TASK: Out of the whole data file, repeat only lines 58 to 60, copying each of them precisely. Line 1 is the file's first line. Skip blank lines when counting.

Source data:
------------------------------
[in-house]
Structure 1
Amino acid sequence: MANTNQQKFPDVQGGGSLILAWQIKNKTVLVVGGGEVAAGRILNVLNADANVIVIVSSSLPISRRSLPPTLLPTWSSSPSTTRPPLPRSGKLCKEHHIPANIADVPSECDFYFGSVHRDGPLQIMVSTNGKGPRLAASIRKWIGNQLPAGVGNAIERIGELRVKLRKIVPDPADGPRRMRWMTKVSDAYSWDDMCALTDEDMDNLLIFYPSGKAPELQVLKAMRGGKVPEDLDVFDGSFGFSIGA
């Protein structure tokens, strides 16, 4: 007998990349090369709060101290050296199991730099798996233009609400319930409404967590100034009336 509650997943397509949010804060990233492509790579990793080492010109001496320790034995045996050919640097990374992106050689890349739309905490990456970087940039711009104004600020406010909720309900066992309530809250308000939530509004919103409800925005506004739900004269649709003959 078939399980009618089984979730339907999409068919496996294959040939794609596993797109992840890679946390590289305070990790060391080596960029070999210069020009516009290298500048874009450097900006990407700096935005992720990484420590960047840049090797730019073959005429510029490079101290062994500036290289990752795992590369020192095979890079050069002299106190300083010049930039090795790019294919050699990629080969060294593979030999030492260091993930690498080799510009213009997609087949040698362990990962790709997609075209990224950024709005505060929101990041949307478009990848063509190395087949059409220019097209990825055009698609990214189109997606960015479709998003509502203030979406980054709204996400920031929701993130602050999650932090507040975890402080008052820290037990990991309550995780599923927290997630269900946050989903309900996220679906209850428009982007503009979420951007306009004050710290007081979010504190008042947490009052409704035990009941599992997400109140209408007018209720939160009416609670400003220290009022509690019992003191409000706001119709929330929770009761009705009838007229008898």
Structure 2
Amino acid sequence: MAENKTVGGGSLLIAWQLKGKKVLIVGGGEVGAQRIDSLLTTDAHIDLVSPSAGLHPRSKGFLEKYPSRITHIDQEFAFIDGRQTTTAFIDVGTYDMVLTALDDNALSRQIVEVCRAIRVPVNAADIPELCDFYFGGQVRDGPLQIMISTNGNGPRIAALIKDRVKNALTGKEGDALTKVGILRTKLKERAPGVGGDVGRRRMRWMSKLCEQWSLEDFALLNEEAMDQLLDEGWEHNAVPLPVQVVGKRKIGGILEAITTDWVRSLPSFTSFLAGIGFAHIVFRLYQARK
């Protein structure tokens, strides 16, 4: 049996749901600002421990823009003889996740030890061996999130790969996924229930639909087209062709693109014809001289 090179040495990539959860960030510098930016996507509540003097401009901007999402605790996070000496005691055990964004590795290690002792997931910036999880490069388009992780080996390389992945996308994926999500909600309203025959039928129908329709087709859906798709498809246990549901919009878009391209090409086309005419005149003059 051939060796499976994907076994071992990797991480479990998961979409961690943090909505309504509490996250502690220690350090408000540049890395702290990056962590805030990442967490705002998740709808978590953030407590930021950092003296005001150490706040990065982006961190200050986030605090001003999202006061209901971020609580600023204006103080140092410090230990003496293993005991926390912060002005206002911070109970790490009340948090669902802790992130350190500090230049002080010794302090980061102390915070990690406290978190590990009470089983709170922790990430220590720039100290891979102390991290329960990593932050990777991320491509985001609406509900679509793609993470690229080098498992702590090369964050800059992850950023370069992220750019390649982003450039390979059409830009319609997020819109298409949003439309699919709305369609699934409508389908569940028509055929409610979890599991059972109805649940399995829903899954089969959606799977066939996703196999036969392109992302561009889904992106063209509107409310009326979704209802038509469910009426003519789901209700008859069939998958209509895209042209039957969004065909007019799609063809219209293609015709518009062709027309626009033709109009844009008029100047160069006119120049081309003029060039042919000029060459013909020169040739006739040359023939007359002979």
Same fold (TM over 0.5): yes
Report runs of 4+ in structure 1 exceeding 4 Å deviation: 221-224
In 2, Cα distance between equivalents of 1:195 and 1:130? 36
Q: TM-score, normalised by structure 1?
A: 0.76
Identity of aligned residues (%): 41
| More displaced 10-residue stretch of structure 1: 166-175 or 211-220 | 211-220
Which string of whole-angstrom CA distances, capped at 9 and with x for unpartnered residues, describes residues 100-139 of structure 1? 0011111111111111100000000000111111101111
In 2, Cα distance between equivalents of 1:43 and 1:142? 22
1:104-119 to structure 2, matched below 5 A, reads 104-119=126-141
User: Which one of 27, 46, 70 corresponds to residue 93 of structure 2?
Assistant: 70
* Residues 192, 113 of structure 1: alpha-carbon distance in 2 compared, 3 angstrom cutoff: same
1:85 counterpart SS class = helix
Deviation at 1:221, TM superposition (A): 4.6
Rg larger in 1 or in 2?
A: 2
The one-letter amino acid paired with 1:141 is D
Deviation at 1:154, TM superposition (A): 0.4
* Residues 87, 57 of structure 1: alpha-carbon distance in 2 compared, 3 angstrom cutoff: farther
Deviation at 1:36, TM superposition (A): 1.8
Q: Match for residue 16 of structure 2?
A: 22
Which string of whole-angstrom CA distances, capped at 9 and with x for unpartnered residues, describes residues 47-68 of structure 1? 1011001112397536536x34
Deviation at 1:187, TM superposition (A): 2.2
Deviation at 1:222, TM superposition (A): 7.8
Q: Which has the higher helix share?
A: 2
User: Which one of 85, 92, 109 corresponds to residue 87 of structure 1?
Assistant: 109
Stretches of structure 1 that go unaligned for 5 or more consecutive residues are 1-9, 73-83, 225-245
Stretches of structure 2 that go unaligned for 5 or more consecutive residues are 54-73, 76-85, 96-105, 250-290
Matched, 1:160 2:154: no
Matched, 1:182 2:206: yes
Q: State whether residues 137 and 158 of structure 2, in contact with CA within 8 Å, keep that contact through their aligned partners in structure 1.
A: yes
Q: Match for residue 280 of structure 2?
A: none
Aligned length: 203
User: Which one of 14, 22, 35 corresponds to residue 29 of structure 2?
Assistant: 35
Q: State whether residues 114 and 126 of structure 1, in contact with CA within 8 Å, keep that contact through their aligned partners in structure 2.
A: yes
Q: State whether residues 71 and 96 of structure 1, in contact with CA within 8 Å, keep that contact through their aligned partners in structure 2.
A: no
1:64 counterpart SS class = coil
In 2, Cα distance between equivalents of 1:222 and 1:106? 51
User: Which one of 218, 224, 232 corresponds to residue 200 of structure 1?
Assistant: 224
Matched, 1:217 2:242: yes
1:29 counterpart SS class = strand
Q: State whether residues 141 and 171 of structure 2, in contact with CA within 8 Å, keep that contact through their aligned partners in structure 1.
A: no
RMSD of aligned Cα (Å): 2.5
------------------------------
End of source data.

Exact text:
1:29 counterpart SS class = strand
Q: State whether residues 141 and 171 of structure 2, in contact with CA within 8 Å, keep that contact through their aligned partners in structure 1.
A: no